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Smart Politics Projections: U.S. House of Representatives

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Republicans aim to undo 2006 and 2008 election cycles in one fell swoop

Current partisan split
Democrats: 255
Republicans: 178
Vacant: 2

Analysis
With 24 Democratic districts won by less than 10 points in 2008 and another 33 decided by between 10 and 20 points, Republicans had several good departure points by which to pick off the dozens of Democratic seats they would need this cycle to recapture the U.S. House.

Of course, the reverse could also have been the case, had the first two years of the Obama administration been more warmly received by the electorate: Republicans won 26 House districts by less than 10 points in 2008 as well.

The number of Republican net gains has been projected by some analysts to potentially eclipse 70 seats. However, as this is an anti-Democratic, rather than pro-Republican political environment, not all anti-incumbent votes in Democratic districts will be cast to the GOP nominee. A record number of third-party candidates in midterm elections since the Great Depression, most of which are right-leaning, may very well dampen the extent of Republican gains, to the tune of at least a half-dozen narrowly-decided races.

Projected partisan shift: GOP +62
Partisan control: GOP controls U.S. House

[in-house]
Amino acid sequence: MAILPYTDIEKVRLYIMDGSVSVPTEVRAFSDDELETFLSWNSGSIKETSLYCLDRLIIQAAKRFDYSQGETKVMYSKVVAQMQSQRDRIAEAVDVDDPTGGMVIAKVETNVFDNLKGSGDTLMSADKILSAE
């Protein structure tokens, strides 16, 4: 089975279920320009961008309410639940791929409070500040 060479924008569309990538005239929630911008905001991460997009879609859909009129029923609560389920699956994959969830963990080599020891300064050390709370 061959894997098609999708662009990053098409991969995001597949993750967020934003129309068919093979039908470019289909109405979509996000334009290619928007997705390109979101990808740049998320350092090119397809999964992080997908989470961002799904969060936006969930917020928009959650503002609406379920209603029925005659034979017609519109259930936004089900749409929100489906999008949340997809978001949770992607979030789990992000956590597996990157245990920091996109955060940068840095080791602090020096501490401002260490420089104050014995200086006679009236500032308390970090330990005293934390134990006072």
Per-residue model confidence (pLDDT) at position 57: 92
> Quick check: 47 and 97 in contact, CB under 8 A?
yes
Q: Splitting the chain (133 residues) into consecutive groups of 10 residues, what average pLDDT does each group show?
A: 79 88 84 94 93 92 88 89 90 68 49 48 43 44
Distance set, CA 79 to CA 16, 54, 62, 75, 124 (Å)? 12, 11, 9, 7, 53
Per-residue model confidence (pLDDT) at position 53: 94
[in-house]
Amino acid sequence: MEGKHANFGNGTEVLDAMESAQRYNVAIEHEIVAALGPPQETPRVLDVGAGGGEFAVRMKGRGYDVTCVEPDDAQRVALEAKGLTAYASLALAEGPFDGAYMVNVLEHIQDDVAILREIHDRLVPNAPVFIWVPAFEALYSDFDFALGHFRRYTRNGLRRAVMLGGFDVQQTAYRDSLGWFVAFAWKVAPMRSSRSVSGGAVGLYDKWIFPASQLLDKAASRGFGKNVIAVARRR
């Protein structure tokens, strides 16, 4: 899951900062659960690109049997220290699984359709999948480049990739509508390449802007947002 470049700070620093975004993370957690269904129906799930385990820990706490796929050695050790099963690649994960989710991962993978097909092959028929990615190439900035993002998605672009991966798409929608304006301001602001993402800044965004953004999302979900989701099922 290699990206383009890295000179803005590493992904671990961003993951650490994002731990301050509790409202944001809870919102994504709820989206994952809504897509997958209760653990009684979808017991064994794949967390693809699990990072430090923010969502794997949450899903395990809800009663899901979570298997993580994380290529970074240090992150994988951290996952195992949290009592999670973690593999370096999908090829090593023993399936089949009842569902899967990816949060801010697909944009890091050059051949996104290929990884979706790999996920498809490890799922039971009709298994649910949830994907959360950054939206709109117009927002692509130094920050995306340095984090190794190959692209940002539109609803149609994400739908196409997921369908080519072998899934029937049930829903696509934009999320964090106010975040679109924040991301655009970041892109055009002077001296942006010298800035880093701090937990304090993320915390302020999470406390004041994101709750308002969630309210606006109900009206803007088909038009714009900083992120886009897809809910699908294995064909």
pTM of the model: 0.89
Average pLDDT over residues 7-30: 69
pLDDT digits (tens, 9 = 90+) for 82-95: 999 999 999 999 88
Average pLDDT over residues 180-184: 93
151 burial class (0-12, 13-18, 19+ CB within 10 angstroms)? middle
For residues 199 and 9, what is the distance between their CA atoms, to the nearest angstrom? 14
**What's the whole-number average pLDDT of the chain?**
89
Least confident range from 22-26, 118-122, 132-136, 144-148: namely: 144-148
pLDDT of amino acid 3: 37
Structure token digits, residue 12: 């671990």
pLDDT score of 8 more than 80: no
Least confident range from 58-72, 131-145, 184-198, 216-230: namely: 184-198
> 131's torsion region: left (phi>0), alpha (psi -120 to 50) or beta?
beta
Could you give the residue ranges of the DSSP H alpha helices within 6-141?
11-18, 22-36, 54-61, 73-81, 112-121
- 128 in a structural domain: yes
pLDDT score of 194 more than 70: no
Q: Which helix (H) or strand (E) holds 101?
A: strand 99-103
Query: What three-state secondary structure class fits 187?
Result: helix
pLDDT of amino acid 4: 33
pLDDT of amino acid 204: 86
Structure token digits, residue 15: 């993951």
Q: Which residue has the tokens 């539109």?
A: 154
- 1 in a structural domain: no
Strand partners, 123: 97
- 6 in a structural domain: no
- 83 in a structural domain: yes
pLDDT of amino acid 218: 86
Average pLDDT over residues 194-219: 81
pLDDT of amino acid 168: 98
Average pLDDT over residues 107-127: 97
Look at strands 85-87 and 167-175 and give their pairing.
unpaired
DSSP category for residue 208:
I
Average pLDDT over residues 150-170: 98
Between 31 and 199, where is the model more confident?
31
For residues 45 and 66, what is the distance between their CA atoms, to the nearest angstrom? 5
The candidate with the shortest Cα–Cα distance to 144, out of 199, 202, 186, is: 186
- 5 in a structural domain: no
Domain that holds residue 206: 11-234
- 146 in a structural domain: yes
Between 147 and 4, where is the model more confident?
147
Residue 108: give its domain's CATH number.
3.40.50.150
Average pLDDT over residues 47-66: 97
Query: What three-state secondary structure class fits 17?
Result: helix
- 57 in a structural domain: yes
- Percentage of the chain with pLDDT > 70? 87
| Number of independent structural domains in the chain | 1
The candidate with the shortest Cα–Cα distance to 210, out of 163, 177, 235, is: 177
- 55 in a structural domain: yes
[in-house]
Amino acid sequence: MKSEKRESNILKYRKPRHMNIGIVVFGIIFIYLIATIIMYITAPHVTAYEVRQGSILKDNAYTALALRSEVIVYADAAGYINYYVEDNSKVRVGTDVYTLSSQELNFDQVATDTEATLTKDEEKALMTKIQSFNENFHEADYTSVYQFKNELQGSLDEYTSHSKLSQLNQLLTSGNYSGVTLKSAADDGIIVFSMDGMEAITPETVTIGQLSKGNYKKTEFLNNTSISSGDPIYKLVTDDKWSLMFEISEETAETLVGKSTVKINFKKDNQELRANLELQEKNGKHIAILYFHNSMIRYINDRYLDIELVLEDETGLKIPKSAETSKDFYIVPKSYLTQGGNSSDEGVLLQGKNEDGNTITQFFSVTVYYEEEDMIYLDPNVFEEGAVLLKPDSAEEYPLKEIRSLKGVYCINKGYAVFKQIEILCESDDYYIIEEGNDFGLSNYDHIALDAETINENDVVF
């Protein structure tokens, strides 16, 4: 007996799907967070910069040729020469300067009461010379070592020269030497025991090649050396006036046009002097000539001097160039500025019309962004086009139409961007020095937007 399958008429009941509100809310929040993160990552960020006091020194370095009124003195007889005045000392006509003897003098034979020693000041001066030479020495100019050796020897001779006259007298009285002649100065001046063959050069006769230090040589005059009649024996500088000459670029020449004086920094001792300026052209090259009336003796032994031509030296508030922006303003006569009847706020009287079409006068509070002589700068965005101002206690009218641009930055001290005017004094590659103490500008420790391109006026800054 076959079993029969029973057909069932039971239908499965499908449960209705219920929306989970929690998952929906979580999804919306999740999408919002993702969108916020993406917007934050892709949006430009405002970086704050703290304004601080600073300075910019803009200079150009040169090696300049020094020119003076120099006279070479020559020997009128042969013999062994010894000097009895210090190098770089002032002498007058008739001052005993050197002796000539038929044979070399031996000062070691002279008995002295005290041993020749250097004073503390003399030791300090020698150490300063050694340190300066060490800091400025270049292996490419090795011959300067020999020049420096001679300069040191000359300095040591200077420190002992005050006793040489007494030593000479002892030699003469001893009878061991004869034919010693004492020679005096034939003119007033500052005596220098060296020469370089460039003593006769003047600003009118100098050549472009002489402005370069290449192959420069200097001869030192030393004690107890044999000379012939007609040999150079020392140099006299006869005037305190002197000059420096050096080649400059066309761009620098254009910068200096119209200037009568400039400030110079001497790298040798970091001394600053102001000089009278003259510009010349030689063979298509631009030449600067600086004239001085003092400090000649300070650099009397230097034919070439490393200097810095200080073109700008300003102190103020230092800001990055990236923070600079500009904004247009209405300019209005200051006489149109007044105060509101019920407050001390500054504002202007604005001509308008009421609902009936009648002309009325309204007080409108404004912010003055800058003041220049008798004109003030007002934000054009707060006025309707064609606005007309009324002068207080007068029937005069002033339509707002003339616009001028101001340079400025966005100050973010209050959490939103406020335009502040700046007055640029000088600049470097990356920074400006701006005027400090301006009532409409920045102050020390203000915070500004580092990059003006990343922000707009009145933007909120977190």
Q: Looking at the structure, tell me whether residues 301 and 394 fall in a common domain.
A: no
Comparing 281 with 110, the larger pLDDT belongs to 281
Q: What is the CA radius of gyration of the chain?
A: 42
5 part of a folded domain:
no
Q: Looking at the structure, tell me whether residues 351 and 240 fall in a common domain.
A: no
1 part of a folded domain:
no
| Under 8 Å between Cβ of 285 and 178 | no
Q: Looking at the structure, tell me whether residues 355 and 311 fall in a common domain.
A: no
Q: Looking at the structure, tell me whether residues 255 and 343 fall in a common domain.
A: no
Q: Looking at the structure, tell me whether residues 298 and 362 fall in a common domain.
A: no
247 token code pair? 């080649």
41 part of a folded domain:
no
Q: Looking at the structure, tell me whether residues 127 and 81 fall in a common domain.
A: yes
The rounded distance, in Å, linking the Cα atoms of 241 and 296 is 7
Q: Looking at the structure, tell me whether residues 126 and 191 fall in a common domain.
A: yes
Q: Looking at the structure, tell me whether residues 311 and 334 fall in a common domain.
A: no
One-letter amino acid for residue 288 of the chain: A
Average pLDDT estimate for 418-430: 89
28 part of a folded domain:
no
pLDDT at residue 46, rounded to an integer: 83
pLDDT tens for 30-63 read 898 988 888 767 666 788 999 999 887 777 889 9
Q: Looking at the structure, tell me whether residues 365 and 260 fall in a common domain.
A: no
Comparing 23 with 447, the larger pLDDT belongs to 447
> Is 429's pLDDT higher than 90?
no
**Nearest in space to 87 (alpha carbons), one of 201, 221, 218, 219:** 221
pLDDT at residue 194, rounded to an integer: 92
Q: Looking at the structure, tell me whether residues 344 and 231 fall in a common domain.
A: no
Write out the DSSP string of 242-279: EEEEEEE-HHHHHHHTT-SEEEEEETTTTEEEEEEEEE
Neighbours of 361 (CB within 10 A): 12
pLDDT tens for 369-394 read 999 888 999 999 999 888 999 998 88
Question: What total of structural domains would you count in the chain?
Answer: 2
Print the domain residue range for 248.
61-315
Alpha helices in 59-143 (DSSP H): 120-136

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Remains of the Data

Plurality-Winning Governors Elected At Century-Long High Water Mark

The rate of gubernatorial candidates elected without the support of a majority of voters is at its highest level since the 1910s.

Political Crumbs

Seeing Red

Congressman Nick Rahall's failed bid for a 20th term in West Virginia this cycle, combined with a narrow loss by Nick Casey to Alex Mooney in Shelley Moore Capito's open seat, means that West Virginia Democrats will be shut out of the state's U.S. House delegation for the first time in over 90 years. The Republican sweep by two-term incumbent David McKinley in the 1st CD, Mooney in the 2nd, and Evan Jenkins over Rahall in the 3rd marks the first time the GOP has held all seats in the chamber from West Virginia since the Election of 1920. During the 67th Congress (1921-1923) all six seats from the state were controlled by the GOP. Since the Election of 1922, Democrats have won 76 percent of all U.S. House elections in the Mountain State - capturing 172 seats compared to 54 for the GOP.


Home Field Advantage?

When the 114th Congress convenes in a few days, Maine will be represented by one home-grown U.S. Representative: Waterville-born Republican Bruce Poliquin. With the departure of Millinocket-born Mike Michaud, who launched a failed gubernatorial bid, the Pine Tree State was poised to send a House delegation to D.C. without any Maine-born members for the first time since 1821. Three-term U.S. Rep. Chellie Pingree (born in Minnesota) coasted to reelection as expected, however Poliquin edged Kentucky-born Emily Cain by 5.3 points to keep the streak alive. Since 1876, a total of 208 of the 222 candidates elected to the nation's lower legislative chamber from the state have been born in Maine, or 94 percent.


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